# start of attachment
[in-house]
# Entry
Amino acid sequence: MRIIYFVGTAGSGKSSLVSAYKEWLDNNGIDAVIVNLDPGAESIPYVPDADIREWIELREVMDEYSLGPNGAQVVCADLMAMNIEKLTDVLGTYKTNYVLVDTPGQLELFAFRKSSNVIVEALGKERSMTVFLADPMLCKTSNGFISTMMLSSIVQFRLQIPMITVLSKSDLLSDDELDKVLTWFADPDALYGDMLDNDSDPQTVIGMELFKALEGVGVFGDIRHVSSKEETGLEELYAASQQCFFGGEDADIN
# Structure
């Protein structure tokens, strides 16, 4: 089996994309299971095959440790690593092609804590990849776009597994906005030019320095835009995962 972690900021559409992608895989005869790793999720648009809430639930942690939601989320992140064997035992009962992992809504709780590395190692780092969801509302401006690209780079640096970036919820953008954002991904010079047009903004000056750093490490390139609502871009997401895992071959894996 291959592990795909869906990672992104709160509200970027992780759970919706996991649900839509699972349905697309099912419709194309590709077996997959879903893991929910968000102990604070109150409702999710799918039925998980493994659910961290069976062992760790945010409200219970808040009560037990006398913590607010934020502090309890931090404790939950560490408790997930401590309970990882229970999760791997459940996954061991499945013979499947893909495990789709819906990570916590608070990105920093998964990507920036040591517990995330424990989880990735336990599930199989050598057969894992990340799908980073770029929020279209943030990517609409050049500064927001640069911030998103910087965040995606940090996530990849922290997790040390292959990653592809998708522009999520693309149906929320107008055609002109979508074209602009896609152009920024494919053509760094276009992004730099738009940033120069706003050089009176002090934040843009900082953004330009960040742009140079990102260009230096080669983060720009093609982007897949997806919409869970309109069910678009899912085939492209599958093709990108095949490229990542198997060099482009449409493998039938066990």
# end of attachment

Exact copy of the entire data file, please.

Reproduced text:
[in-house]
# Entry
Amino acid sequence: MRIIYFVGTAGSGKSSLVSAYKEWLDNNGIDAVIVNLDPGAESIPYVPDADIREWIELREVMDEYSLGPNGAQVVCADLMAMNIEKLTDVLGTYKTNYVLVDTPGQLELFAFRKSSNVIVEALGKERSMTVFLADPMLCKTSNGFISTMMLSSIVQFRLQIPMITVLSKSDLLSDDELDKVLTWFADPDALYGDMLDNDSDPQTVIGMELFKALEGVGVFGDIRHVSSKEETGLEELYAASQQCFFGGEDADIN
# Structure
């Protein structure tokens, strides 16, 4: 089996994309299971095959440790690593092609804590990849776009597994906005030019320095835009995962 972690900021559409992608895989005869790793999720648009809430639930942690939601989320992140064997035992009962992992809504709780590395190692780092969801509302401006690209780079640096970036919820953008954002991904010079047009903004000056750093490490390139609502871009997401895992071959894996 291959592990795909869906990672992104709160509200970027992780759970919706996991649900839509699972349905697309099912419709194309590709077996997959879903893991929910968000102990604070109150409702999710799918039925998980493994659910961290069976062992760790945010409200219970808040009560037990006398913590607010934020502090309890931090404790939950560490408790997930401590309970990882229970999760791997459940996954061991499945013979499947893909495990789709819906990570916590608070990105920093998964990507920036040591517990995330424990989880990735336990599930199989050598057969894992990340799908980073770029929020279209943030990517609409050049500064927001640069911030998103910087965040995606940090996530990849922290997790040390292959990653592809998708522009999520693309149906929320107008055609002109979508074209602009896609152009920024494919053509760094276009992004730099738009940033120069706003050089009176002090934040843009900082953004330009960040742009140079990102260009230096080669983060720009093609982007897949997806919409869970309109069910678009899912085939492209599958093709990108095949490229990542198997060099482009449409493998039938066990």